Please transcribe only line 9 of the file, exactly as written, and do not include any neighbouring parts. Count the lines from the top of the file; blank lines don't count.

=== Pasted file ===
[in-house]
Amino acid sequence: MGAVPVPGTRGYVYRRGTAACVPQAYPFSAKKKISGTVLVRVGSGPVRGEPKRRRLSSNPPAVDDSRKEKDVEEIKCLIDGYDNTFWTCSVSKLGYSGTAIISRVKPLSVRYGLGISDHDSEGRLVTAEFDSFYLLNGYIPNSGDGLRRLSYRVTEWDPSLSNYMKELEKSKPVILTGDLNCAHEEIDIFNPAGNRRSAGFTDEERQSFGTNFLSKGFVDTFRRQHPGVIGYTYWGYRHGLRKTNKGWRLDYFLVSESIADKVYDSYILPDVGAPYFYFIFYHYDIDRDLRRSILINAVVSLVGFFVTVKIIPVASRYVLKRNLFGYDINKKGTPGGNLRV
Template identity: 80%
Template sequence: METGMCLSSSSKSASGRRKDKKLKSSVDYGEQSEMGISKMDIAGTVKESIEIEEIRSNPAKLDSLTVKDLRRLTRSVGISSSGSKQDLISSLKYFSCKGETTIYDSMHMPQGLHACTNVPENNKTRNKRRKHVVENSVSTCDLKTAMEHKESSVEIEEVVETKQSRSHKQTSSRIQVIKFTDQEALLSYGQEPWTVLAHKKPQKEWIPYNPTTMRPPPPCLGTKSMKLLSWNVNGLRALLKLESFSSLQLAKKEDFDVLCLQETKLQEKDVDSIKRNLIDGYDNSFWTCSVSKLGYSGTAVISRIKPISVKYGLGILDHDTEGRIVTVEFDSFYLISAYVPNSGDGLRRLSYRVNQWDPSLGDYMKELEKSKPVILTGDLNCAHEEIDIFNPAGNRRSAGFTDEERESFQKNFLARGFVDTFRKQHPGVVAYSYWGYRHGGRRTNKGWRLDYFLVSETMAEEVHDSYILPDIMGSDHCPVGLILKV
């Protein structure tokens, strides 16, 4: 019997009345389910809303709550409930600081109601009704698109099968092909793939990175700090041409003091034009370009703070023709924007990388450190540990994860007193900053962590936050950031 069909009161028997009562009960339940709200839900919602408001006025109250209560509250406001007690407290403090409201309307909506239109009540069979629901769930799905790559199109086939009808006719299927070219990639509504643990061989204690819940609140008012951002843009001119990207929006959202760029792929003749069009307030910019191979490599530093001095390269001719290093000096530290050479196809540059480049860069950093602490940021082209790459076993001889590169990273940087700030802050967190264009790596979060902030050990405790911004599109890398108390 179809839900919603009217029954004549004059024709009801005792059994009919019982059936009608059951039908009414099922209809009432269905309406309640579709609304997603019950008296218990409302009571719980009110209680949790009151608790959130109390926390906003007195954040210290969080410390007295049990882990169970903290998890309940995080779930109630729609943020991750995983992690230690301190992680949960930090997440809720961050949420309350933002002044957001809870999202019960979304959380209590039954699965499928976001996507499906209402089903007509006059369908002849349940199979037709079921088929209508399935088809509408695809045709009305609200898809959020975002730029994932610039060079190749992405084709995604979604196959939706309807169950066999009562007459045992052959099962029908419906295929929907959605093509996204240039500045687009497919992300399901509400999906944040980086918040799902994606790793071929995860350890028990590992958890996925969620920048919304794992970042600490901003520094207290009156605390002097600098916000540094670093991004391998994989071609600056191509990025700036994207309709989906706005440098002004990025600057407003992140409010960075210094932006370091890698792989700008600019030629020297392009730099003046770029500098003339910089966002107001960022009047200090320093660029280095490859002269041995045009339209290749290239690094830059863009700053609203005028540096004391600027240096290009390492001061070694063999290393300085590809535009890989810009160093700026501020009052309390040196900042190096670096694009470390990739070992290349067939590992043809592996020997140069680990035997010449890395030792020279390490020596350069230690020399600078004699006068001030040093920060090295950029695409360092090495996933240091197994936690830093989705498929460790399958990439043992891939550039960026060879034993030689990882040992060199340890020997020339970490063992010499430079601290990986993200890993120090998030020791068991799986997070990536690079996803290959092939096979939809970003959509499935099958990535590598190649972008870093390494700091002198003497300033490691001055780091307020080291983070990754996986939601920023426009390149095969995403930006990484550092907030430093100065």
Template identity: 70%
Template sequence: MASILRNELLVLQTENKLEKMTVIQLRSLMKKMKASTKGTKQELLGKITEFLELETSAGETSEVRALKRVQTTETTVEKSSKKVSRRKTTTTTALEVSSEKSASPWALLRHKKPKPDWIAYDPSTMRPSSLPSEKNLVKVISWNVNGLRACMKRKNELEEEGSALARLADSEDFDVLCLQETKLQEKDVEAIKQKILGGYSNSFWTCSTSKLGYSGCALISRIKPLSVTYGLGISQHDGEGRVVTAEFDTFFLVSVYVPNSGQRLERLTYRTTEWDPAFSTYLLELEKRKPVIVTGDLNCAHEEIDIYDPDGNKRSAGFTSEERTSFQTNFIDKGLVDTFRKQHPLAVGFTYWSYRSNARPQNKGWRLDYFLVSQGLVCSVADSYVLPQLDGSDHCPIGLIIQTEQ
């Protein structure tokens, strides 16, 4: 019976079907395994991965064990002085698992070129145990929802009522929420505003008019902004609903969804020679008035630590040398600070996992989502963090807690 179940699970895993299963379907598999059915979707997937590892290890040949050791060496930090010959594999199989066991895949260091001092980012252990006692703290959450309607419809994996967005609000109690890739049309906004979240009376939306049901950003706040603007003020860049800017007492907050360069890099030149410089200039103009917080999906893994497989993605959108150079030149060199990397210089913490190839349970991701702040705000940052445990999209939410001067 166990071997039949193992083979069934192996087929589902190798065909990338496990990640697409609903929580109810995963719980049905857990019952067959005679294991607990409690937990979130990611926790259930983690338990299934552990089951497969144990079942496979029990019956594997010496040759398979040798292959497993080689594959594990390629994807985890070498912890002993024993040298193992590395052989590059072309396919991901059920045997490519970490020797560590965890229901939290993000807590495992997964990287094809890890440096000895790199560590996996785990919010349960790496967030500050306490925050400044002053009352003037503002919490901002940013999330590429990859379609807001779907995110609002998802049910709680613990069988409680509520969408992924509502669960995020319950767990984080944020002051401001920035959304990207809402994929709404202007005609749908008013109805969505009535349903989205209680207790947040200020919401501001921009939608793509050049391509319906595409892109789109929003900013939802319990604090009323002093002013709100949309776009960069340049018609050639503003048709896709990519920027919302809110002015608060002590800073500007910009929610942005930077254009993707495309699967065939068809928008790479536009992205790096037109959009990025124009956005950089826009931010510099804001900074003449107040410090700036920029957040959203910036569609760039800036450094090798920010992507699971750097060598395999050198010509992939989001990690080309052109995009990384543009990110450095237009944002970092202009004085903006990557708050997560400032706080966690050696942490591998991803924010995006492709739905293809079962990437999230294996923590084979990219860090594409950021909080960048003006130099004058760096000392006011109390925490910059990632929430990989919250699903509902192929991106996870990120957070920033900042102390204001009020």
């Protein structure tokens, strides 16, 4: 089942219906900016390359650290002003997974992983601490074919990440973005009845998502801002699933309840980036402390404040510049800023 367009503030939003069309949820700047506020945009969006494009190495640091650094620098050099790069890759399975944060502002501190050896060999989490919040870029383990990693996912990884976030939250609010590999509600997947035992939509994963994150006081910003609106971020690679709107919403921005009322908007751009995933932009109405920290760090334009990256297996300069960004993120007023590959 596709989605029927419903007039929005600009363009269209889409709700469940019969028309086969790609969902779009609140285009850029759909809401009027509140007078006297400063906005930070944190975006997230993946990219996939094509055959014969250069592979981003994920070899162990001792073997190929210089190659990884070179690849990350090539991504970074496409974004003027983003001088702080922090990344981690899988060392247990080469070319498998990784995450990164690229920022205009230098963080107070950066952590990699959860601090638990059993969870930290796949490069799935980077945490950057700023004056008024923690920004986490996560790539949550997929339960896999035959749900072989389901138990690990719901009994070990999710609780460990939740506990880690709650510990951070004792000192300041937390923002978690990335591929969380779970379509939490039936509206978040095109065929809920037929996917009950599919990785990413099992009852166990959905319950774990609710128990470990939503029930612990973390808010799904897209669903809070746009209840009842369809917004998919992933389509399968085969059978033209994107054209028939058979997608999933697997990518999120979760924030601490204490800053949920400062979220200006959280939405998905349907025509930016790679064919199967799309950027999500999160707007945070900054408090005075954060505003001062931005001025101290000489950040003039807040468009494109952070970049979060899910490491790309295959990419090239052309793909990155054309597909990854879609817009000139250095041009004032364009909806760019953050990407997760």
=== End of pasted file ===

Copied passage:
């Protein structure tokens, strides 16, 4: 089942219906900016390359650290002003997974992983601490074919990440973005009845998502801002699933309840980036402390404040510049800023 367009503030939003069309949820700047506020945009969006494009190495640091650094620098050099790069890759399975944060502002501190050896060999989490919040870029383990990693996912990884976030939250609010590999509600997947035992939509994963994150006081910003609106971020690679709107919403921005009322908007751009995933932009109405920290760090334009990256297996300069960004993120007023590959 596709989605029927419903007039929005600009363009269209889409709700469940019969028309086969790609969902779009609140285009850029759909809401009027509140007078006297400063906005930070944190975006997230993946990219996939094509055959014969250069592979981003994920070899162990001792073997190929210089190659990884070179690849990350090539991504970074496409974004003027983003001088702080922090990344981690899988060392247990080469070319498998990784995450990164690229920022205009230098963080107070950066952590990699959860601090638990059993969870930290796949490069799935980077945490950057700023004056008024923690920004986490996560790539949550997929339960896999035959749900072989389901138990690990719901009994070990999710609780460990939740506990880690709650510990951070004792000192300041937390923002978690990335591929969380779970379509939490039936509206978040095109065929809920037929996917009950599919990785990413099992009852166990959905319950774990609710128990470990939503029930612990973390808010799904897209669903809070746009209840009842369809917004998919992933389509399968085969059978033209994107054209028939058979997608999933697997990518999120979760924030601490204490800053949920400062979220200006959280939405998905349907025509930016790679064919199967799309950027999500999160707007945070900054408090005075954060505003001062931005001025101290000489950040003039807040468009494109952070970049979060899910490491790309295959990419090239052309793909990155054309597909990854879609817009000139250095041009004032364009909806760019953050990407997760």